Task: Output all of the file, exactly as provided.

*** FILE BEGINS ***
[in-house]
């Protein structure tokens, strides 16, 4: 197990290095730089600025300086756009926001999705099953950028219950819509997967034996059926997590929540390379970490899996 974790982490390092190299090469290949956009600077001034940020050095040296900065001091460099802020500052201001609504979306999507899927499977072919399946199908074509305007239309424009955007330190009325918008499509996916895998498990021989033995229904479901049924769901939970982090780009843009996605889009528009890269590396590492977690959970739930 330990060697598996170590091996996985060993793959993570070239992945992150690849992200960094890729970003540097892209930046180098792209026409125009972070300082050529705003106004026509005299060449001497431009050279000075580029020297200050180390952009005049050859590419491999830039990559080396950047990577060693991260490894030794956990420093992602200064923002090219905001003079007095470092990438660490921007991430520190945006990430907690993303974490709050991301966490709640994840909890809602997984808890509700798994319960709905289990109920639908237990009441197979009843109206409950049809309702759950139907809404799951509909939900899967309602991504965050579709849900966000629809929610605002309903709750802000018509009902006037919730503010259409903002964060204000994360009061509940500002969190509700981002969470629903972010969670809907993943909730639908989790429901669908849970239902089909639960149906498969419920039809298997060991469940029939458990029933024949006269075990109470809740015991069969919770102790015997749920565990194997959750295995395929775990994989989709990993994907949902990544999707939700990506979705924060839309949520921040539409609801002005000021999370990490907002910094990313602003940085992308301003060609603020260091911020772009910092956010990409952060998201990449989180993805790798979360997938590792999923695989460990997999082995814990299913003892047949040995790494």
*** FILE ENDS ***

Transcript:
[in-house]
């Protein structure tokens, strides 16, 4: 197990290095730089600025300086756009926001999705099953950028219950819509997967034996059926997590929540390379970490899996 974790982490390092190299090469290949956009600077001034940020050095040296900065001091460099802020500052201001609504979306999507899927499977072919399946199908074509305007239309424009955007330190009325918008499509996916895998498990021989033995229904479901049924769901939970982090780009843009996605889009528009890269590396590492977690959970739930 330990060697598996170590091996996985060993793959993570070239992945992150690849992200960094890729970003540097892209930046180098792209026409125009972070300082050529705003106004026509005299060449001497431009050279000075580029020297200050180390952009005049050859590419491999830039990559080396950047990577060693991260490894030794956990420093992602200064923002090219905001003079007095470092990438660490921007991430520190945006990430907690993303974490709050991301966490709640994840909890809602997984808890509700798994319960709905289990109920639908237990009441197979009843109206409950049809309702759950139907809404799951509909939900899967309602991504965050579709849900966000629809929610605002309903709750802000018509009902006037919730503010259409903002964060204000994360009061509940500002969190509700981002969470629903972010969670809907993943909730639908989790429901669908849970239902089909639960149906498969419920039809298997060991469940029939458990029933024949006269075990109470809740015991069969919770102790015997749920565990194997959750295995395929775990994989989709990993994907949902990544999707939700990506979705924060839309949520921040539409609801002005000021999370990490907002910094990313602003940085992308301003060609603020260091911020772009910092956010990409952060998201990449989180993805790798979360997938590792999923695989460990997999082995814990299913003892047949040995790494």